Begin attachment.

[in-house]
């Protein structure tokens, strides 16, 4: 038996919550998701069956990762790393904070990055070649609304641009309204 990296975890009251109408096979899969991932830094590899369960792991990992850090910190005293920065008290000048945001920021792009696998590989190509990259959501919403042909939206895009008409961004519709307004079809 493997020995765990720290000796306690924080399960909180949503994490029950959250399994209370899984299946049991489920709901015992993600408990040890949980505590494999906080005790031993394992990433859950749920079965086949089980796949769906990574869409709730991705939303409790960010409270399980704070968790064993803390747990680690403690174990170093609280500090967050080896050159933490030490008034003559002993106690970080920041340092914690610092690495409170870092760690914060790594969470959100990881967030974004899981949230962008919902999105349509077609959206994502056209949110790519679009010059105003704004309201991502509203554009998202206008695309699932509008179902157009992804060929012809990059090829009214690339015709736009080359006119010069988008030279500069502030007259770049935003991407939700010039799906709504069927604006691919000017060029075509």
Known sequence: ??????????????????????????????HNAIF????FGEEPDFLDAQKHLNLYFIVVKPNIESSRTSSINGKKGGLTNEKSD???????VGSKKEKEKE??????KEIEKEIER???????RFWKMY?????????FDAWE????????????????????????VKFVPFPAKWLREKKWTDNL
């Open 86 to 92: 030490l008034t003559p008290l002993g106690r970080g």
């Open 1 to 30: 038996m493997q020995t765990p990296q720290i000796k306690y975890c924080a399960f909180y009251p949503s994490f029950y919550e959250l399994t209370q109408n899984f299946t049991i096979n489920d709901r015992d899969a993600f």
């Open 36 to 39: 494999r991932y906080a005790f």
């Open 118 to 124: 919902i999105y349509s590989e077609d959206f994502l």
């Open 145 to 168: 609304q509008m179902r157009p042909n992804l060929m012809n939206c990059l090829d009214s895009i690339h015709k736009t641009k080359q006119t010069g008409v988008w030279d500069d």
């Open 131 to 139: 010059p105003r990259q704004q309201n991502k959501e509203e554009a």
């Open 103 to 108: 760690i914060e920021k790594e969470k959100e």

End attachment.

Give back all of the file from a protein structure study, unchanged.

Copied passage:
[in-house]
């Protein structure tokens, strides 16, 4: 038996919550998701069956990762790393904070990055070649609304641009309204 990296975890009251109408096979899969991932830094590899369960792991990992850090910190005293920065008290000048945001920021792009696998590989190509990259959501919403042909939206895009008409961004519709307004079809 493997020995765990720290000796306690924080399960909180949503994490029950959250399994209370899984299946049991489920709901015992993600408990040890949980505590494999906080005790031993394992990433859950749920079965086949089980796949769906990574869409709730991705939303409790960010409270399980704070968790064993803390747990680690403690174990170093609280500090967050080896050159933490030490008034003559002993106690970080920041340092914690610092690495409170870092760690914060790594969470959100990881967030974004899981949230962008919902999105349509077609959206994502056209949110790519679009010059105003704004309201991502509203554009998202206008695309699932509008179902157009992804060929012809990059090829009214690339015709736009080359006119010069988008030279500069502030007259770049935003991407939700010039799906709504069927604006691919000017060029075509």
Known sequence: ??????????????????????????????HNAIF????FGEEPDFLDAQKHLNLYFIVVKPNIESSRTSSINGKKGGLTNEKSD???????VGSKKEKEKE??????KEIEKEIER???????RFWKMY?????????FDAWE????????????????????????VKFVPFPAKWLREKKWTDNL
């Open 86 to 92: 030490l008034t003559p008290l002993g106690r970080g």
């Open 1 to 30: 038996m493997q020995t765990p990296q720290i000796k306690y975890c924080a399960f909180y009251p949503s994490f029950y919550e959250l399994t209370q109408n899984f299946t049991i096979n489920d709901r015992d899969a993600f």
């Open 36 to 39: 494999r991932y906080a005790f």
């Open 118 to 124: 919902i999105y349509s590989e077609d959206f994502l």
């Open 145 to 168: 609304q509008m179902r157009p042909n992804l060929m012809n939206c990059l090829d009214s895009i690339h015709k736009t641009k080359q006119t010069g008409v988008w030279d500069d």
């Open 131 to 139: 010059p105003r990259q704004q309201n991502k959501e509203e554009a």
């Open 103 to 108: 760690i914060e920021k790594e969470k959100e």